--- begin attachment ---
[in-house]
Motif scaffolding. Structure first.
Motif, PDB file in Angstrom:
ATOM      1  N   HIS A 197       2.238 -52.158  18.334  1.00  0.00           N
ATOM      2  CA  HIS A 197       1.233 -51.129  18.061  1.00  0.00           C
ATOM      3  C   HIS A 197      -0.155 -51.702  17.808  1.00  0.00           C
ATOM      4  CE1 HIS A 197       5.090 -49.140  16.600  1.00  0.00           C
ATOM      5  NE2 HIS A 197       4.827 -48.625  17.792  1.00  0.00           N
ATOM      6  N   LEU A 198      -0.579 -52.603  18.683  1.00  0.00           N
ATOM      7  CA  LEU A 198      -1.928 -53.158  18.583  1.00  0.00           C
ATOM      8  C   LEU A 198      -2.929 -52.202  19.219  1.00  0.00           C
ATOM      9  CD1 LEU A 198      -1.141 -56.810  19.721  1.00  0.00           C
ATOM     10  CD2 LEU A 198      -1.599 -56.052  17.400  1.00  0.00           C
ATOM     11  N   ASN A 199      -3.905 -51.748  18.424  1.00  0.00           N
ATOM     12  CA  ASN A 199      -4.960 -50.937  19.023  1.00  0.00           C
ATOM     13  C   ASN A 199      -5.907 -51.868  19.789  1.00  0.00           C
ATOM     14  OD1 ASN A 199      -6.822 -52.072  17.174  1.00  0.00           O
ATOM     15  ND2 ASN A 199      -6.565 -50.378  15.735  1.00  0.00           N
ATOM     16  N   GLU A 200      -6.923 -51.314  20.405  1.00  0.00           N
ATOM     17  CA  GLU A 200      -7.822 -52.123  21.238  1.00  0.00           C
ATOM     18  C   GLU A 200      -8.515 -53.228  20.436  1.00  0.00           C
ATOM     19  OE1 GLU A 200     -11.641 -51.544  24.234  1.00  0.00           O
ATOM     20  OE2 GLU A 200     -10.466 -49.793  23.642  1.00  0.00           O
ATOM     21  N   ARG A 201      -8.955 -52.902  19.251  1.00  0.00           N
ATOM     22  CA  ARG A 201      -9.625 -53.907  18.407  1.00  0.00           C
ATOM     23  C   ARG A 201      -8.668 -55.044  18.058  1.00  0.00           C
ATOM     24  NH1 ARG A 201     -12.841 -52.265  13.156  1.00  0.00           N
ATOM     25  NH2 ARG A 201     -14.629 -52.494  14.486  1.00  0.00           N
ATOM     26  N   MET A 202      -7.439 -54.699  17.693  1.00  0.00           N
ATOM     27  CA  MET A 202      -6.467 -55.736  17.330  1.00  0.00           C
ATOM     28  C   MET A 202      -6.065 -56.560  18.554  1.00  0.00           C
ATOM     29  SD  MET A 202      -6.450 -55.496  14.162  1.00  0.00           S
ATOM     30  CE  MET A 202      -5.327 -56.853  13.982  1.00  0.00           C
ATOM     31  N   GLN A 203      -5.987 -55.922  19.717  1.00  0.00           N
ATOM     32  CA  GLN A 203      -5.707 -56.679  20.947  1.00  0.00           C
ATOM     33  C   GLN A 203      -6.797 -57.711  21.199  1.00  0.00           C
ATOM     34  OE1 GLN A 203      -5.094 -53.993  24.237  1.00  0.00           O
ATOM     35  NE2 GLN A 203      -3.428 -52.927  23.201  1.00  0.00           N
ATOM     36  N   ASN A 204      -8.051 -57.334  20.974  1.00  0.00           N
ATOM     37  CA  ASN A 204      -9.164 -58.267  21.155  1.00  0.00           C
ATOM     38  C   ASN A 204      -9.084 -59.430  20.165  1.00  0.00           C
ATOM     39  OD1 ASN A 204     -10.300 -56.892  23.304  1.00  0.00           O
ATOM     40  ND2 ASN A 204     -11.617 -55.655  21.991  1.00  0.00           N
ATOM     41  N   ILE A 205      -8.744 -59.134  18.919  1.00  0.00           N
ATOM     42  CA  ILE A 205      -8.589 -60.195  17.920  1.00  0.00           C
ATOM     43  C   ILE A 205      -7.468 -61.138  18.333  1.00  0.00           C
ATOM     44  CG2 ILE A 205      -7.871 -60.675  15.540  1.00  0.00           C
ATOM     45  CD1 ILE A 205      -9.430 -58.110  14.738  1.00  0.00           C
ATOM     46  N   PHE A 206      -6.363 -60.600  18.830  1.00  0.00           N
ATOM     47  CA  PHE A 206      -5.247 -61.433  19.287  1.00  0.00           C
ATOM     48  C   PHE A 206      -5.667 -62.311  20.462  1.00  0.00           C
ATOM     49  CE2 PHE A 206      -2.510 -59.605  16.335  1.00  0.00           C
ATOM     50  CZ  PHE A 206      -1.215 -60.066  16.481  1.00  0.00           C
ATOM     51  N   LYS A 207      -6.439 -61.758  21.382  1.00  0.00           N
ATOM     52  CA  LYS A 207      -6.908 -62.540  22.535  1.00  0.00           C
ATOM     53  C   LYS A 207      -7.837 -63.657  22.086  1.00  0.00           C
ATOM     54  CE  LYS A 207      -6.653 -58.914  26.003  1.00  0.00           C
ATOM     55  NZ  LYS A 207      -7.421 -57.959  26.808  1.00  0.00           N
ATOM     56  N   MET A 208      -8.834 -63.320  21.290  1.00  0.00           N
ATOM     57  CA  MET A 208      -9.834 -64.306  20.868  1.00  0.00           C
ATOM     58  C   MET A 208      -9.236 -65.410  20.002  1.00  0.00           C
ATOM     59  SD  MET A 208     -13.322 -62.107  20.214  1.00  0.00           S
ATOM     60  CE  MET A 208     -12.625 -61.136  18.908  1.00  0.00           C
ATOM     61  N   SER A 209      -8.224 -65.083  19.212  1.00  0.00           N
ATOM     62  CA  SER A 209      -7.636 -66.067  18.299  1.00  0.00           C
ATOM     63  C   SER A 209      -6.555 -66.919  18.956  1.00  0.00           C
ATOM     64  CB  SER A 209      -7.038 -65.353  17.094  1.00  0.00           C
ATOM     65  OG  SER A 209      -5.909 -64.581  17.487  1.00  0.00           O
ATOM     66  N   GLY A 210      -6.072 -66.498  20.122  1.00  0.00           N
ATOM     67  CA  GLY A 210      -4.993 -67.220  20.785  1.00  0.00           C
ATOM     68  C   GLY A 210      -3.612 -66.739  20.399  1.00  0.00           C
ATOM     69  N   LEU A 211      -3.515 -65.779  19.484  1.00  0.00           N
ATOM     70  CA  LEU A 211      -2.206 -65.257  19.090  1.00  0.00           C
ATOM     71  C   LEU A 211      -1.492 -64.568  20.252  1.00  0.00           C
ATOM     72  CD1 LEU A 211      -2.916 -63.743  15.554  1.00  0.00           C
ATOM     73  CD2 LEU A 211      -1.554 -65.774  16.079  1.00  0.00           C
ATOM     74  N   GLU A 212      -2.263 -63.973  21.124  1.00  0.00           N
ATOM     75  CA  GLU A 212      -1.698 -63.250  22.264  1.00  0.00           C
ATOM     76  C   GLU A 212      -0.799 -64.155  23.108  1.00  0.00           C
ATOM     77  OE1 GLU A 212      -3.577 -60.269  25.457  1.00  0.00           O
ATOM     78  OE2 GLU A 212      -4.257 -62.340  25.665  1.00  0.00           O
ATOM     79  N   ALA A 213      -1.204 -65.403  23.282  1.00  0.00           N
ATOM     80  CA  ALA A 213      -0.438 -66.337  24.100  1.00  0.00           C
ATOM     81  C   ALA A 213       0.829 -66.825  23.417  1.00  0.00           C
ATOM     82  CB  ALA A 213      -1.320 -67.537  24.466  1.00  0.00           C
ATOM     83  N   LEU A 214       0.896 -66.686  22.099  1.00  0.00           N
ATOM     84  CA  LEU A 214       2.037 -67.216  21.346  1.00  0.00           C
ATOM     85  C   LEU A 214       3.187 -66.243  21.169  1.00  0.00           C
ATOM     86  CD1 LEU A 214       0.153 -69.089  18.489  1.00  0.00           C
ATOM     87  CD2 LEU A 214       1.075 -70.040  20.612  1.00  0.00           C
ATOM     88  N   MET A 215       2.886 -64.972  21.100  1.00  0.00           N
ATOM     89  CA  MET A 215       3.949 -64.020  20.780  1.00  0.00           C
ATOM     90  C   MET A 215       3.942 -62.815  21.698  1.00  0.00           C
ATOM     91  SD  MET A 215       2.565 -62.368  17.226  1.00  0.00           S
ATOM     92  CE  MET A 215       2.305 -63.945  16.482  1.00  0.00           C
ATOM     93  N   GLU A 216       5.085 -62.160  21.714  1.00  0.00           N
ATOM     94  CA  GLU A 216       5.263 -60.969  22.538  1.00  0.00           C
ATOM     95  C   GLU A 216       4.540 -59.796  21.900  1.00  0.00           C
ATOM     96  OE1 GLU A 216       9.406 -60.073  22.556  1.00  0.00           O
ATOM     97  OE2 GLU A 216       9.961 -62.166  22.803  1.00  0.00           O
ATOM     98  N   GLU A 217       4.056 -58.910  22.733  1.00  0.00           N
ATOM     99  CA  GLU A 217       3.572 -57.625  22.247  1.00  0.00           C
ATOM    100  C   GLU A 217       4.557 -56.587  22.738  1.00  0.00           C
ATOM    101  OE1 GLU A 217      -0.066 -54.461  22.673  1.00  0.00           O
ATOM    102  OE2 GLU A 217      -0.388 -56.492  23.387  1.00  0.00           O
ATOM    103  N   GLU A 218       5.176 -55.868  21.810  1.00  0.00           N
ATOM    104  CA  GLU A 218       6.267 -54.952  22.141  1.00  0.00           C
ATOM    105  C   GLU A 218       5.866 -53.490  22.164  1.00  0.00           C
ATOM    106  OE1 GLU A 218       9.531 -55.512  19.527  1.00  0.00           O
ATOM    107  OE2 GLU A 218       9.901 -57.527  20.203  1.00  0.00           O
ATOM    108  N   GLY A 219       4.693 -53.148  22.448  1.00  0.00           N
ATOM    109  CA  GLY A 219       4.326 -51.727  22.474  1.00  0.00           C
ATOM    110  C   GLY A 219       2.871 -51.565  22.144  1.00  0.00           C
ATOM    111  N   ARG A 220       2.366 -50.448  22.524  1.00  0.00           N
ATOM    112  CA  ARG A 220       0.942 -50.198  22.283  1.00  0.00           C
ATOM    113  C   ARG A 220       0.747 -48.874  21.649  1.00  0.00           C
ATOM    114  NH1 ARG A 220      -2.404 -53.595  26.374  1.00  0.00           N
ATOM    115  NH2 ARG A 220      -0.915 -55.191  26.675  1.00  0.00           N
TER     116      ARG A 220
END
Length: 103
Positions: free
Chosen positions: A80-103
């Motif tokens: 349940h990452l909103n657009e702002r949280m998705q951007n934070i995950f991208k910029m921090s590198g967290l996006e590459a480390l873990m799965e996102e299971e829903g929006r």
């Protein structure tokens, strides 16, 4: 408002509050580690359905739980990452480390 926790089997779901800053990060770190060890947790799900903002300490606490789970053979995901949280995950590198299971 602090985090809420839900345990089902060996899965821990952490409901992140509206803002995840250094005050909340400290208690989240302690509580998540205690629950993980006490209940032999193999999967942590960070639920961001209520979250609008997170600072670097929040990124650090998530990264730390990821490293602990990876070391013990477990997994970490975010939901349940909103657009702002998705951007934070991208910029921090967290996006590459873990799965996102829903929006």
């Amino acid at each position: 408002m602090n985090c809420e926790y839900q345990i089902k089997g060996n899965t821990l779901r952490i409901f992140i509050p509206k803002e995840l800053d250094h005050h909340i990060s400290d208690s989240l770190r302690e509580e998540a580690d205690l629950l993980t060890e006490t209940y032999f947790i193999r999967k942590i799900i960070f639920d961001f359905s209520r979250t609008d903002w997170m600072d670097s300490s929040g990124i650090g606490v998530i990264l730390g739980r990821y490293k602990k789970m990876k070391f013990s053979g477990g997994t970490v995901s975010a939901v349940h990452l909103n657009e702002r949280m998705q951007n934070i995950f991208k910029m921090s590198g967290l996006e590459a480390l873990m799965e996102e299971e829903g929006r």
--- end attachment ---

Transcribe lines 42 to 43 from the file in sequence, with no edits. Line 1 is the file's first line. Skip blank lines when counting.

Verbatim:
ATOM     39  OD1 ASN A 204     -10.300 -56.892  23.304  1.00  0.00           O
ATOM     40  ND2 ASN A 204     -11.617 -55.655  21.991  1.00  0.00           N